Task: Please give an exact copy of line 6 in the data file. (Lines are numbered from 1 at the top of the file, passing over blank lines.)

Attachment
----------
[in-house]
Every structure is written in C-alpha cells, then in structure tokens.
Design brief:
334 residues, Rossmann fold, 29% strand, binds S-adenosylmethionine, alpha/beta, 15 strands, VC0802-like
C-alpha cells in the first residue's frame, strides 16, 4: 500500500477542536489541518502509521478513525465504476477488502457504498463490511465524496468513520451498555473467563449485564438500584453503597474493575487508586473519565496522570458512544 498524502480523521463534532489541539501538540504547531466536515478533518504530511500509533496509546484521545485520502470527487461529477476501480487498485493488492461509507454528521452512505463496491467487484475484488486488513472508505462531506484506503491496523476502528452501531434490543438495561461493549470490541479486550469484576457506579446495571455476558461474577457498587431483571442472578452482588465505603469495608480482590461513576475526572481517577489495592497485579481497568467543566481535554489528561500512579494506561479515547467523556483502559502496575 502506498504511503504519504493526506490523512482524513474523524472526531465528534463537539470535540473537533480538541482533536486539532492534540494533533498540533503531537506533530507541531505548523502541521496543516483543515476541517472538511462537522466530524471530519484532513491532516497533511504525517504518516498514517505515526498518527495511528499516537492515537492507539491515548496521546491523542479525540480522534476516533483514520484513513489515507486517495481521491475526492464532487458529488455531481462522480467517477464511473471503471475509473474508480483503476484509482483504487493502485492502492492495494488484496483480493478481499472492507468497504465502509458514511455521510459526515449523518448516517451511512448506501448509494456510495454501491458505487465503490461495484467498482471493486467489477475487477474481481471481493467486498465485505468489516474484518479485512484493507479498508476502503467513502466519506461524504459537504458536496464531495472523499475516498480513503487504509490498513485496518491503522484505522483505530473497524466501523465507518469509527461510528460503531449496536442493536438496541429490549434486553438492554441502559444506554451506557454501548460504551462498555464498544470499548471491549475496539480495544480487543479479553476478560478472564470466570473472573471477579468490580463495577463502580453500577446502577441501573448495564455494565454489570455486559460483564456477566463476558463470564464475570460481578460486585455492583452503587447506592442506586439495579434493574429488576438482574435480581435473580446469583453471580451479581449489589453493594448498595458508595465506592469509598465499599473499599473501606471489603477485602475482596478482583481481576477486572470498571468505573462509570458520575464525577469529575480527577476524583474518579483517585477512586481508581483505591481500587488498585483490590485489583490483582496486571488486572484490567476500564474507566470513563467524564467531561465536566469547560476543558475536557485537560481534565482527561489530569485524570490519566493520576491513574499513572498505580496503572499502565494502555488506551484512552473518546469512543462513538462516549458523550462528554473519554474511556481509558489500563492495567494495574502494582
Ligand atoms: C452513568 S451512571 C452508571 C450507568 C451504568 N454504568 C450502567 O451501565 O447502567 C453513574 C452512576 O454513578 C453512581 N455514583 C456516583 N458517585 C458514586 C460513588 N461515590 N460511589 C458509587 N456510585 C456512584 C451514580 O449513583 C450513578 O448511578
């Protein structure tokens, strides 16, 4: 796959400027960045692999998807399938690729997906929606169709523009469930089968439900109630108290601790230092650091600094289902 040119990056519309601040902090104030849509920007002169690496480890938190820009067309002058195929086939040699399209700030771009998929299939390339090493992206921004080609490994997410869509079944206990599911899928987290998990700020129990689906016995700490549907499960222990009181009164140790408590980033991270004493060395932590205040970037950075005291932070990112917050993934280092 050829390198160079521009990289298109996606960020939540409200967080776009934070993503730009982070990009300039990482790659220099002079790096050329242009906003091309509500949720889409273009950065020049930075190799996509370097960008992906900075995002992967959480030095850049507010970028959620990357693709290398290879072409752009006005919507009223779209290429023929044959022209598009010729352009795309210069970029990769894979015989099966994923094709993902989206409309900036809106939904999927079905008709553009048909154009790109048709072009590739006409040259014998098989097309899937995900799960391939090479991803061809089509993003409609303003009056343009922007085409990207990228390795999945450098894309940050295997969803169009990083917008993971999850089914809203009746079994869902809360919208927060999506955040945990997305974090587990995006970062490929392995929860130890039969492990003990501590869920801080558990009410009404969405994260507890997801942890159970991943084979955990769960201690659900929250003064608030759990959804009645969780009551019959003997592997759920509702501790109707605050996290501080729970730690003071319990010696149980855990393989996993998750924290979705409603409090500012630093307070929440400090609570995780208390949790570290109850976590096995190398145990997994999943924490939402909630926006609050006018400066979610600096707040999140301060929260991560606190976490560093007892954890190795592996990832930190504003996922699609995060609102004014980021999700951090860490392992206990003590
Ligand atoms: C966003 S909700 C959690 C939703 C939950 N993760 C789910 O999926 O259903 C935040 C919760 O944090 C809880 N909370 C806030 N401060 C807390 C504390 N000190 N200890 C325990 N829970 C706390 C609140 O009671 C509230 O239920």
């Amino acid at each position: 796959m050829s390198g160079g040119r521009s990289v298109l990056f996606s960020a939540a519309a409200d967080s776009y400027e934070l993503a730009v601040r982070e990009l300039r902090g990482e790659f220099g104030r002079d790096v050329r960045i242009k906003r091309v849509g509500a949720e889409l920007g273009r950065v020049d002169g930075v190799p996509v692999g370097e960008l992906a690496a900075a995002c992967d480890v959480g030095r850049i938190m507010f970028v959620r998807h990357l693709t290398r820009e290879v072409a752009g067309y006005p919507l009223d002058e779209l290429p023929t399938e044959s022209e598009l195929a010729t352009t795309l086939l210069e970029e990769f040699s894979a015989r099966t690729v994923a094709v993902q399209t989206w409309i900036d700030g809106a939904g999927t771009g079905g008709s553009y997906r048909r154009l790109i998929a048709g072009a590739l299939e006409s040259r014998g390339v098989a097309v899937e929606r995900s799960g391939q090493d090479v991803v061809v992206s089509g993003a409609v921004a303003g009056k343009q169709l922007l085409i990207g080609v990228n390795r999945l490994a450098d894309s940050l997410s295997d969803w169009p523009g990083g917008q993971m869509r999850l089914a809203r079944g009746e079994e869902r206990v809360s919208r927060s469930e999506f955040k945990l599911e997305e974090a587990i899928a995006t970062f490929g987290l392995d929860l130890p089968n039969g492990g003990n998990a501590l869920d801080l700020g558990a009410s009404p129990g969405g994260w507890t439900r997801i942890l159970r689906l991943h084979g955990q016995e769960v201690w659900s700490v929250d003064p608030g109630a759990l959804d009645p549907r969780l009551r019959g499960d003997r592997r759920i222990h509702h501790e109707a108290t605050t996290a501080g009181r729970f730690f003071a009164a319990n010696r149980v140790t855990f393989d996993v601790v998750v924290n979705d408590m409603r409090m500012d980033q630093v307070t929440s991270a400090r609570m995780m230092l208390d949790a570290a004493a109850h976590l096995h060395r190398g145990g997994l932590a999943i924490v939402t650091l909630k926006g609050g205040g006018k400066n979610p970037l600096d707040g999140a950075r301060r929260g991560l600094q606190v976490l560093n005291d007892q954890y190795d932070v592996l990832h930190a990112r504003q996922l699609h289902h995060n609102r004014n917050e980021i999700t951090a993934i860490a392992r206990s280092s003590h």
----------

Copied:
Ligand atoms: C452513568 S451512571 C452508571 C450507568 C451504568 N454504568 C450502567 O451501565 O447502567 C453513574 C452512576 O454513578 C453512581 N455514583 C456516583 N458517585 C458514586 C460513588 N461515590 N460511589 C458509587 N456510585 C456512584 C451514580 O449513583 C450513578 O448511578